This was originally posted in 2011. I have been to Okinawa almost ten times since.
During my most recent trip to Okinawa, I was at long last able to clear up a number of things regarding the local dialect/language that had been confusing me. And will be writing about those findings in coming posts.
As you might suspect, I listen to a lot of music from Okinawa and have even written about the song Chinsagu nu Hana in another post. The song is sung in a dialect known as Uchinā Yamato-guchi (ウチナーヤマトグチ, lit. “Okinawa- Japanese Language”), the Japanese language as it is spoken in Okinawa with the local accent and words and phrases from both the Ryūkyū language and to some degree American English. The word Uchinā, by the way, is how “Okinawa” is pronounced by Okinawans (O→U ki→chi na→na wa→a) and one of the first things I was happy to finally clarify. Ask your average Tarõ what Uchinā means and he’ll either say that he’s never heard of it or venture a guess that it means “us”, “our” or “my”, as in the standard Japanese phrase uchi no (うちの).
The Ryūkyū language, on the other hand, belongs to a subgroup of languages called the Japonic languages. It can be broken down further into six major dialects, which are generally unintelligible to each other. The following, nicked from Wikipedia, shows how to say “Thank you” and “Welcome” in each of these languages:
Most of these languages are on the verge of extinction thanks to the same sort of misguided integration policies used in France (Occitan, Breten) and Britain (Welsh), which suppressed their use. Only the Okinawan language (Uchinā-guchi) which is spoken in the southern part of the Okinawan mainland and was the official language of the Ryūkyū Kingdom since the reign of King Shō Shin (1477–1526) still counts a sizeable number of people (0.9 million) among its speakers.
The following list of Okinawan proverbs were found here. As you can see there is very little, if any, similarity with standard Japanese.
Ataishi turu atairu. - We get along well with those we can get along with well.
Achinee ya tankaa mankaa. - Business is a two-way street.
Aramun jooguu ya duu ganjuu. - One who eats plain food is healthy.
Ichariba choodee. - Once we meet and talk, we are brothers and sisters.
Uya yushi kwa yushi. - Parents and children teach one another.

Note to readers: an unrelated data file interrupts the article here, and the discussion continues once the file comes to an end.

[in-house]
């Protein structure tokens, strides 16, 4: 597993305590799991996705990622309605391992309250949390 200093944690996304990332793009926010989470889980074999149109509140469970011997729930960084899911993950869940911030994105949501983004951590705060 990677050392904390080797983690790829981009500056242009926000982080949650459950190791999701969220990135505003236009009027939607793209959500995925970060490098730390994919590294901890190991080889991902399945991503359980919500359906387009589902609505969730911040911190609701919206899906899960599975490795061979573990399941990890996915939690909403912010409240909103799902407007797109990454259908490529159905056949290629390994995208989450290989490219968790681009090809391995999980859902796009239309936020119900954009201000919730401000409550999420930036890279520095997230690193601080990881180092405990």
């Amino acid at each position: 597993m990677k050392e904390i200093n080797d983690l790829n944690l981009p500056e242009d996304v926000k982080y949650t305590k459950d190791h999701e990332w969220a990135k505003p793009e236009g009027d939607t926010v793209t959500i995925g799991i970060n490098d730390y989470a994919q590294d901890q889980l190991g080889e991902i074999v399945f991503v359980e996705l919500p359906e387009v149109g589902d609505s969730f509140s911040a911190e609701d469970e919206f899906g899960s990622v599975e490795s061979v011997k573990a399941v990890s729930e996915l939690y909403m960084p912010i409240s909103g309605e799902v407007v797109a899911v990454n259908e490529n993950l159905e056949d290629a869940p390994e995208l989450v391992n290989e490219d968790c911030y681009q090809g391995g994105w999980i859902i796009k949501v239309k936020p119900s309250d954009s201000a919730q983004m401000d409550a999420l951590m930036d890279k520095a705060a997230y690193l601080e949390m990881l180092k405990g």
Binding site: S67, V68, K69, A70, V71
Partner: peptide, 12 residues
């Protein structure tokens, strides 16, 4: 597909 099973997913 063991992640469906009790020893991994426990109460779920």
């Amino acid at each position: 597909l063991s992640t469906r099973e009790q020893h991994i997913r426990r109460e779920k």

Kaagee kaa ru ya ru. - Beauty is skin deep.
Kamuru ussaa mii nayun. - The more you eat, the more you gain.
Kuu sa kana sa. - Small things are lovable.
Kuchi ganga naa ya yakutatan. - A smooth talker is a good-for-nothing person.
Kutubaa. Jin chikee. - Spend words as efficiently as money.
Kutuba noo ushikumaran. - A word can't be recalled once spoken.
Shikinoo chui shiihii shiru kurasuru. - Let's live helping each other in this world.
Shinjichi nu ada nayumi. - Kindness will never be wasted in any way.
Jin too waraaran kwa tu ru waraariiru. - We can laugh happily with our children, but not with money.
Chu uyamee ru duu uyamee. - If you respect others, they will respect you.
Choo kukuru ru dee ichi. - The heart is the most essential human quality.
Tusui ya tatashina mun. Warabee shikashina mun. - The old should be treated with due respect. Children should be treated with gentleness.
Tusui ya takara. - The old people are treasures to us.
Miitundaa duu tichi. - Man and wife are one flesh.
Nuchi nu sadamee wakaran. - Only God knows one's term of life.
Machushi garu ufu iyoo tuyuru. - One who waits patiently will catch a big fish.
Miinai chichi nai. - We learn by watching and listening.
Mii ya tin niru aru. - Our fates are as registered by heaven.
Munoo yuu iyuru mun. - Speak well of others.
Yaasa ru maasaru. - Food is delicious when one is hungry.
Duu nu duu ya duu shiru shiyuru. - You know your body best.
Choo kani ru deeichi. - Common sense is essential.
Yii kutoo isugi. - Do good things quickly.
Chira kaagi yaka chimu gukuru. - Kind hearts are better than fair faces.
Yuu ya shititin mii ya shitinna. - Even if you hide yourself from the world, don't lose sight of your real nature.
Nmarijima nu kutuba wasshii nee kuni n wasshiin. - Forgetting your native tongue means forgetting your native country.
Ashibi nu chura saa ninju nu sunawai. - The more the merrier.
Acha nu neen chi ami. - Tomorrow is a new day.
Yikiga nu kutubaa shuumun gaai. - A man's word is his honor.
Mookiraa kwee michi shiri. - Once you have made a fortune, know how to spend it.